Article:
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Abstract Detail

Development and Structure

Rice, Ryan-Scott [1], Falconer, Denver [1], Vera Velez, Roy [1], Belliveau, Nicholas [1], Cota-Sanchez, Hugo [1].

An examination of the macro- and micro-morphology and function of staminodes in the Plains Prickly Pear Opuntia polyacantha (Cactaceae).

Staminodes exhibit a wide range of forms and occur in about one-third of angiosperm families. Traditional definitions classify them as infertile stamens, but in the heart of the Canadian Prairies, this is not the case in the Plains Prickly Pear, Opuntia polyacantha. The northernmost range of the species reaches southern Saskatchewan, Canada, where it's found in sandy hills of the mixed moist grasslands. The Saskatchewan population of O. polyacantha exhibits two types of flowers. One kind displays the distinctive graded perianth whorls of the Cactaceae (regular flower), but a second variant (staminodial flower) bears staminodes where a filament and/or anther is fused with another floral part, e.g., tepal or another stamen, often with distinctive elaborations seemingly derived from androecial and/or perianth parts. The goals of this study were to 1) characterize the macro- and micromorphology of staminodes, 2) compare pollen attributes (size, shape, and viability) in regular stamens and staminodes, and 3) discuss the putative function of staminodes. We hypothesized that staminodes contribute to an increase in flower size and play a role in pollination rather than being dysfunctional. To test this idea, optical microscopy and SEM imaging were used to examine the characteristics and ultrastructure of staminodes and pollen morphology and viability from regular anthers and staminodes. Comparative data between regular and staminodial flowers showed that flower size and overall perianth structure is influenced by the addition of staminodes leading to increases in floral width. Microscopic observations revealed a wide assortment in staminode size and shape, including spatulate, flabellate, bi- and trifurcate, and conjoined with tepals. These organs derive from fertile stamens along the androecial margins via a series of transformations involving gradual widening and amalgamation with stamens and/or tepals. Unlike the typical dysfunctional angiosperm staminodes, pollen viability counts showed that O. polyacantha staminodes produce fertile pollen similar in shape and size to regular stamens. A high proportion of viable pollen grains in staminodes contradicts the conventional idea that these appendages are sterile. Hence, we propose broadening the meaning of the term staminode as a potential fertile appendage. The presence of staminodes bolsters an increase in floral size and diameter compared to non-staminodial flowers. Thus, larger flower span serving as landing platforms combined with added viable pollen from staminodes promote visual attraction and reproductive assurance. The diversity in shape, size, and pollen viability in staminodes of this species possibly results from different levels of development and natural selection.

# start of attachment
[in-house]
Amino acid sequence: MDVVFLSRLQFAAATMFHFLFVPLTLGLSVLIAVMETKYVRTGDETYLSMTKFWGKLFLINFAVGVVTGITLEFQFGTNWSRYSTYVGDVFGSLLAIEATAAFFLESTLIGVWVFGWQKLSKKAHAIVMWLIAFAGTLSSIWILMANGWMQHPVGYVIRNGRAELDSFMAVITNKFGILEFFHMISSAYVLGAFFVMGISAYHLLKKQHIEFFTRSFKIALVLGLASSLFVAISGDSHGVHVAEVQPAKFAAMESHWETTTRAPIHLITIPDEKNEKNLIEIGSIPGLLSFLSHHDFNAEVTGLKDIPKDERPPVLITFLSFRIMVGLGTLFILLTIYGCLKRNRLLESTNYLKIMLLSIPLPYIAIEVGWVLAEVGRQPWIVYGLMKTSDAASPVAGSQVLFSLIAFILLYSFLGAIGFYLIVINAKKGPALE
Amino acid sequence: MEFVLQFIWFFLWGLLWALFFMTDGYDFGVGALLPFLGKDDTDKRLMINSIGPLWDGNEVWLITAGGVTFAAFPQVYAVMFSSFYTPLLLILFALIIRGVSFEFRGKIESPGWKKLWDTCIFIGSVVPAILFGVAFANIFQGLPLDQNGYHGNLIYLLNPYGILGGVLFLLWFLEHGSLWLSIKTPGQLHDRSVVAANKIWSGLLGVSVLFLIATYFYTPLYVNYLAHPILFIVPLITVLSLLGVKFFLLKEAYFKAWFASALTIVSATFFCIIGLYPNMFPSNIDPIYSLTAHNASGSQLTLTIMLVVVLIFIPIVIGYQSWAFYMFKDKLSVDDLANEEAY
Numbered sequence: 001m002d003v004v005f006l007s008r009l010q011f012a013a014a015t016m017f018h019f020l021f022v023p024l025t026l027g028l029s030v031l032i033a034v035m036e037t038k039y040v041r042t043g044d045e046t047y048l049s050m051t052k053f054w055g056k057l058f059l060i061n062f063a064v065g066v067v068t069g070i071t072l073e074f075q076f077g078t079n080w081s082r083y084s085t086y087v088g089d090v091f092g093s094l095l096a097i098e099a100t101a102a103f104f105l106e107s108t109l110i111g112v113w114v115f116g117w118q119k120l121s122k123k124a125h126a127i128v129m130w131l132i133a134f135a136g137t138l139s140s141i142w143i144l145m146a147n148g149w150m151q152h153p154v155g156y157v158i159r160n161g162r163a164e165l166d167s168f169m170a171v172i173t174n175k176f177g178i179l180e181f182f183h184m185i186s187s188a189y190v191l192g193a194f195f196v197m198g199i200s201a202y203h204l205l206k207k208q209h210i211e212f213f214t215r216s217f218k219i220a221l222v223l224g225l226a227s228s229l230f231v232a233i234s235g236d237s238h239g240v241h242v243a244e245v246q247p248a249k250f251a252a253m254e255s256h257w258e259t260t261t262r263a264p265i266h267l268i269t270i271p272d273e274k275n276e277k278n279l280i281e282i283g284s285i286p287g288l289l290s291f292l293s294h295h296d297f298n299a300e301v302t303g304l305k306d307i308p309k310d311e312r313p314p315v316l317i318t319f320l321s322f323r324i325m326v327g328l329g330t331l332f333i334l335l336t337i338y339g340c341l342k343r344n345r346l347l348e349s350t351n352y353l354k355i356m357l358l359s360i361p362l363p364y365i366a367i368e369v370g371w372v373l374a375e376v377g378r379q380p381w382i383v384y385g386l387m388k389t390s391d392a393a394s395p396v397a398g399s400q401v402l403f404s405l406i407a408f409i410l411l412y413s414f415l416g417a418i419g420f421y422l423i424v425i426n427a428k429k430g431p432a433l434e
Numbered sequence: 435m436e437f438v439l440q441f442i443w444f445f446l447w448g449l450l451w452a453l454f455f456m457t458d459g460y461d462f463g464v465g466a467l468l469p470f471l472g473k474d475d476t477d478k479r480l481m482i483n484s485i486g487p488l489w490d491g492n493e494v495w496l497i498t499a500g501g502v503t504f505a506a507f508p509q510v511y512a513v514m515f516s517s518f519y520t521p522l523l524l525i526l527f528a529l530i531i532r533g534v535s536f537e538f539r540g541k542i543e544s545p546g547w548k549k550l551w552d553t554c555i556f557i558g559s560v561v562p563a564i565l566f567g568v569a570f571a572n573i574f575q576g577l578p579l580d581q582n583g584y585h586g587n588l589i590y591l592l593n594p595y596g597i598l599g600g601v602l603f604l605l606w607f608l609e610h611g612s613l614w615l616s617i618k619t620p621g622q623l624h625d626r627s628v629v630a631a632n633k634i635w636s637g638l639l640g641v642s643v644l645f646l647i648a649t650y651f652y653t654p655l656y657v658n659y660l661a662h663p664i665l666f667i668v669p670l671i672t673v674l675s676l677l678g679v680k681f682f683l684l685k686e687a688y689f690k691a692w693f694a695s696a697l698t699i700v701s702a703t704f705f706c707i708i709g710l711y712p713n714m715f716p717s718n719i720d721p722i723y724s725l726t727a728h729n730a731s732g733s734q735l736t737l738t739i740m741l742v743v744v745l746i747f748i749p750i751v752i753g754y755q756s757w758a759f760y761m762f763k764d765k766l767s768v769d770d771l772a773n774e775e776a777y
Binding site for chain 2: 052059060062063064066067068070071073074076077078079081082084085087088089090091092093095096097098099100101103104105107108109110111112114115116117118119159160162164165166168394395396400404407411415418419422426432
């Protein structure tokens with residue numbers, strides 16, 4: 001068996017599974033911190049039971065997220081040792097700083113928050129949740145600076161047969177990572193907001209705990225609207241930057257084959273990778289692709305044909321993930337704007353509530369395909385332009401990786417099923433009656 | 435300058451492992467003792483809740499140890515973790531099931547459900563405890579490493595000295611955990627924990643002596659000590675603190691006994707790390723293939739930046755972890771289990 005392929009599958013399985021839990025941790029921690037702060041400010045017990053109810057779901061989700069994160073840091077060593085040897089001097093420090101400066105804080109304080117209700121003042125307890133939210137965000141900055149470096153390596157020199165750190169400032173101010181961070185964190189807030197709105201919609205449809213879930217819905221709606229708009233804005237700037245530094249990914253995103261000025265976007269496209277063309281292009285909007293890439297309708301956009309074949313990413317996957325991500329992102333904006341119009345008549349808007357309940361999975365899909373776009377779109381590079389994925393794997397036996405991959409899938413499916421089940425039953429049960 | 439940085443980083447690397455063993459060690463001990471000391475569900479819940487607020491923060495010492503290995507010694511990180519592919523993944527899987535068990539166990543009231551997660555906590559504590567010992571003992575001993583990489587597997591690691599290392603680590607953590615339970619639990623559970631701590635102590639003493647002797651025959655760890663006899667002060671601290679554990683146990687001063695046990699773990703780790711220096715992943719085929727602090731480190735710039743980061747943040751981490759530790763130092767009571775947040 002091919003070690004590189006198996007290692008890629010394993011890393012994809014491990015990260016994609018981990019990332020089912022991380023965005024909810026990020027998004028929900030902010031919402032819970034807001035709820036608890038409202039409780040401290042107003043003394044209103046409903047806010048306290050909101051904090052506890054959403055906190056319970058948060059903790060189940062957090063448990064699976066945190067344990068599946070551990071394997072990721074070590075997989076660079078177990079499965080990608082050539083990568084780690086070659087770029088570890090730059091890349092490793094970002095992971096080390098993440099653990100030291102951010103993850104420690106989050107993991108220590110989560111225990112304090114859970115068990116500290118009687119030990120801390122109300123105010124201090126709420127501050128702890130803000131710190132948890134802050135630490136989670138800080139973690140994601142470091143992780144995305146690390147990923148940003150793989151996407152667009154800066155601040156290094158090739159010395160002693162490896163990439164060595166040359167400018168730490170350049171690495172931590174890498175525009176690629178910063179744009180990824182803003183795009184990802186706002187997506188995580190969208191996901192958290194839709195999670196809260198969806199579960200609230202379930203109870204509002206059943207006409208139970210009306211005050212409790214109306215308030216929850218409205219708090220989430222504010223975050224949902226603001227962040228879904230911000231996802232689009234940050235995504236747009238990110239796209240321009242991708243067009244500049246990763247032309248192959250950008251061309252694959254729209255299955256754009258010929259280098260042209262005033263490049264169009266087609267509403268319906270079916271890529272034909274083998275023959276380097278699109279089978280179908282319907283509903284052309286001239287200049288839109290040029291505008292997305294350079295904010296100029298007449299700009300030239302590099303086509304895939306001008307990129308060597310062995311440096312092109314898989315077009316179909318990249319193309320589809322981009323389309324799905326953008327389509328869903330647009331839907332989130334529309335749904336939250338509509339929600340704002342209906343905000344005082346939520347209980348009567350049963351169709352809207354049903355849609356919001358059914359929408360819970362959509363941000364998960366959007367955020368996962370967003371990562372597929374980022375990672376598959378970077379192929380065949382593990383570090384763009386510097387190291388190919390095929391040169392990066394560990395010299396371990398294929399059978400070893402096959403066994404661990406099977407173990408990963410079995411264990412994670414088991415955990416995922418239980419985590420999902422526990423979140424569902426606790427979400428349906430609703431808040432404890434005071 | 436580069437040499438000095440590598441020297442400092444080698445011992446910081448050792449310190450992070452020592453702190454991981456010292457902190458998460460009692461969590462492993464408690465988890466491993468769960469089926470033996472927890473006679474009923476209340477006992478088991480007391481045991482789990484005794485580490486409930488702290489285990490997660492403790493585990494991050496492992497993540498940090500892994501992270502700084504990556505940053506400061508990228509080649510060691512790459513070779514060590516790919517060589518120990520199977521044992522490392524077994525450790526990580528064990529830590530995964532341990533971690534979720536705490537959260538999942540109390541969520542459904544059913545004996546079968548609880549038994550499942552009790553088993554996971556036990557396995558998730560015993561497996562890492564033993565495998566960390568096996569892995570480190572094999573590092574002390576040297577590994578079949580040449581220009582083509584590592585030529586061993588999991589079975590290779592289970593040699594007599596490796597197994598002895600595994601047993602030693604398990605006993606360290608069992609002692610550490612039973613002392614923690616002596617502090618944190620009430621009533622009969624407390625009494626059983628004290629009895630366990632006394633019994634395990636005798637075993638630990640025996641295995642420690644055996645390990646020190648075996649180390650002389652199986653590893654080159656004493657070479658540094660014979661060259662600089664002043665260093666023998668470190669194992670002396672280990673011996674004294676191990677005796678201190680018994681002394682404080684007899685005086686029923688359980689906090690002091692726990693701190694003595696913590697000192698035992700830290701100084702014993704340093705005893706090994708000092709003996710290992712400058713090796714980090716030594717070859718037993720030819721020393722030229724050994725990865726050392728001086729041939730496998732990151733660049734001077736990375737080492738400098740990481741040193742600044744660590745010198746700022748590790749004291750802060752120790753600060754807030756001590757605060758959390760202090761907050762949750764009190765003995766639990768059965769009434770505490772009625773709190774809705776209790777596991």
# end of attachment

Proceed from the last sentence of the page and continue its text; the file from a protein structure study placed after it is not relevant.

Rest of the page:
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1 - University Of Saskatchewan, Department Of Biology, 112 Science Place, Saskatoon, SK, S7N 5E2, Canada

floral traits

Presentation Type: Poster
Session: P1, Development and Structure Posters
Location: Virtual/Virtual
Date: Monday, July 19th, 2021
Time: 5:00 PM(EDT)
Number: P1DS006
Abstract ID:430
Candidate for Awards:None


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